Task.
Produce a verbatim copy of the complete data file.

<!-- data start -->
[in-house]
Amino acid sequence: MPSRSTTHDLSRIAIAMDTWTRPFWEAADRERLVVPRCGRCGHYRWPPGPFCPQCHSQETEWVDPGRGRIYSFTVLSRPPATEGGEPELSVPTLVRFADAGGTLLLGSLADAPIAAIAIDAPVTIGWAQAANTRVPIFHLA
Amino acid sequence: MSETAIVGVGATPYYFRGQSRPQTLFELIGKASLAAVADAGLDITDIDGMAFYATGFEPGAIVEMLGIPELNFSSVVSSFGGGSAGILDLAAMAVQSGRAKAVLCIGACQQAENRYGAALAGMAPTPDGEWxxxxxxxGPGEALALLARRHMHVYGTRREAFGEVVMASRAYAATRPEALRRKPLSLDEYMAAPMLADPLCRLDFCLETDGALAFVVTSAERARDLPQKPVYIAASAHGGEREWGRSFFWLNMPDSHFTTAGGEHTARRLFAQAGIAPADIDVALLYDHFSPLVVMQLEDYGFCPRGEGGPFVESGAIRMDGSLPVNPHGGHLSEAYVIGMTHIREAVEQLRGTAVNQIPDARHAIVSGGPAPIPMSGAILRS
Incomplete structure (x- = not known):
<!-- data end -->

[in-house]
Amino acid sequence: MPSRSTTHDLSRIAIAMDTWTRPFWEAADRERLVVPRCGRCGHYRWPPGPFCPQCHSQETEWVDPGRGRIYSFTVLSRPPATEGGEPELSVPTLVRFADAGGTLLLGSLADAPIAAIAIDAPVTIGWAQAANTRVPIFHLA
Amino acid sequence: MSETAIVGVGATPYYFRGQSRPQTLFELIGKASLAAVADAGLDITDIDGMAFYATGFEPGAIVEMLGIPELNFSSVVSSFGGGSAGILDLAAMAVQSGRAKAVLCIGACQQAENRYGAALAGMAPTPDGEWxxxxxxxGPGEALALLARRHMHVYGTRREAFGEVVMASRAYAATRPEALRRKPLSLDEYMAAPMLADPLCRLDFCLETDGALAFVVTSAERARDLPQKPVYIAASAHGGEREWGRSFFWLNMPDSHFTTAGGEHTARRLFAQAGIAPADIDVALLYDHFSPLVVMQLEDYGFCPRGEGGPFVESGAIRMDGSLPVNPHGGHLSEAYVIGMTHIREAVEQLRGTAVNQIPDARHAIVSGGPAPIPMSGAILRS
Incomplete structure (x- = not known):